MONDAY, Jan. 23, 2017 (HealthDay News) — Childhood psoriasis impacts parents’ quality of life in multiple domains, especially their emotional well-being, according to a study published in the February issue of the Journal of the American Academy of Dermatology.
Megha M. Tollefson, M.D., from the Mayo Clinic in Rochester, Minn., and colleagues examined the impact of childhood psoriasis on parents’ lives. Thirty-one parents of children with psoriasis were interviewed using semi-structured questionnaires. Narrative data were analyzed and a conceptual framework of the effects of childhood psoriasis on parents was developed.
The researchers found that all parents reported a substantial, negative effect of their child’s psoriasis on their own quality of life. A negative impact was seen on health and self-care, emotional well-being, family and social function, personal well-being, and life pursuits, in a conceptual framework. The most affected domain was emotional well-being.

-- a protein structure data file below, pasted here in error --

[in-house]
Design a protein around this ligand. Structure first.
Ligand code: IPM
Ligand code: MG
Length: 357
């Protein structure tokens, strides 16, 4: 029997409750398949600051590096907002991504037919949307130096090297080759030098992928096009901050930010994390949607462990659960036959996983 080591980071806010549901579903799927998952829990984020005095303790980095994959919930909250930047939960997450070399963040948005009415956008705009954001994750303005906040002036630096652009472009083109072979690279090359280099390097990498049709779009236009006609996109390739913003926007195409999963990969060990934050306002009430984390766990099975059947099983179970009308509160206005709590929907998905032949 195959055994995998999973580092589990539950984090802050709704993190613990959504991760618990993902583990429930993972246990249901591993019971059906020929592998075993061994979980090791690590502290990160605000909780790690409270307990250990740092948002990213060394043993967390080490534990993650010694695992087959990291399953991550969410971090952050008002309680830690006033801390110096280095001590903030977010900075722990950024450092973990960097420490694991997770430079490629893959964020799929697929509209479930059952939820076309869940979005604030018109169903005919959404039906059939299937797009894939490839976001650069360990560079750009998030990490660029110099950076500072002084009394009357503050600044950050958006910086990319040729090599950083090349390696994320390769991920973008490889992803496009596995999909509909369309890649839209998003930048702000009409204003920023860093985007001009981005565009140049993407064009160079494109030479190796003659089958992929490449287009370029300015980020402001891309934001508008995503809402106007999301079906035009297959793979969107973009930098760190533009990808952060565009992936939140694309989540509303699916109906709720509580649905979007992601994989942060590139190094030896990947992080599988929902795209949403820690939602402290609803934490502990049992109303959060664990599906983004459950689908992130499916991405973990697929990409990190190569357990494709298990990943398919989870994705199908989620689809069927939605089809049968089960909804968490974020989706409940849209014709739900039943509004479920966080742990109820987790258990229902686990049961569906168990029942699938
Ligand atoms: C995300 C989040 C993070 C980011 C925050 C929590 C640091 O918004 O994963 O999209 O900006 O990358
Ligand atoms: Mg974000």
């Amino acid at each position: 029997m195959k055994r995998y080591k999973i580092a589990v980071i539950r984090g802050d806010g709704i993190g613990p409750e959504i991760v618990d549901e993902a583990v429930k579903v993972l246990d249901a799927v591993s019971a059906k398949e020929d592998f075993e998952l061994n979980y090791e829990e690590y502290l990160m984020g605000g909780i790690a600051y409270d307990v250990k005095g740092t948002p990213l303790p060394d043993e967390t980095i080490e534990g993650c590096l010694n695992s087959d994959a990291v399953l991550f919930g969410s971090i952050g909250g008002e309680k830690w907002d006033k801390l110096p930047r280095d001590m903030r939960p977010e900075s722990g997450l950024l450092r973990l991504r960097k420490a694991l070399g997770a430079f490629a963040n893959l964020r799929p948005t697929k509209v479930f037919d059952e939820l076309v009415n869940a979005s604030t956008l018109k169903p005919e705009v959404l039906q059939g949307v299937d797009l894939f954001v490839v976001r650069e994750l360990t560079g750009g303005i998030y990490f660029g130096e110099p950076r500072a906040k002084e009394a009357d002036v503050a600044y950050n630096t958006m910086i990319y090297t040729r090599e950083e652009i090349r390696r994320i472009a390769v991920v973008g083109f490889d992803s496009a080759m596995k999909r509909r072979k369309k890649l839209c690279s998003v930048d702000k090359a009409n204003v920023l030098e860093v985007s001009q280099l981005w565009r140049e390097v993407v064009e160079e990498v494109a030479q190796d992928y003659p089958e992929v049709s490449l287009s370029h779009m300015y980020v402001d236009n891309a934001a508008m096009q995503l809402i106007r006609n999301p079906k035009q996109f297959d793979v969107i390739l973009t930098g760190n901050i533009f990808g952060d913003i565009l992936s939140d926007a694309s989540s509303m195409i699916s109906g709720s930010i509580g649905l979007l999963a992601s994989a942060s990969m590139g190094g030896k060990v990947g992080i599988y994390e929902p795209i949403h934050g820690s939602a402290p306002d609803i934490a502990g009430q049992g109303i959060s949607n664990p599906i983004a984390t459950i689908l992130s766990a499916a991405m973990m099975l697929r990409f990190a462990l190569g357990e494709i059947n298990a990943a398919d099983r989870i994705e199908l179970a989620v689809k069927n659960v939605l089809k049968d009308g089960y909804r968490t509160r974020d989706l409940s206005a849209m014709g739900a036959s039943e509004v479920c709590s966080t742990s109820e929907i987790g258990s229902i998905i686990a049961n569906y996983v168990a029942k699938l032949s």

“The results of this study are a testament to the pervasiveness of childhood psoriasis in a parent’s life,” the authors write. “Development of support strategies is recommended for children with psoriasis and their families.”
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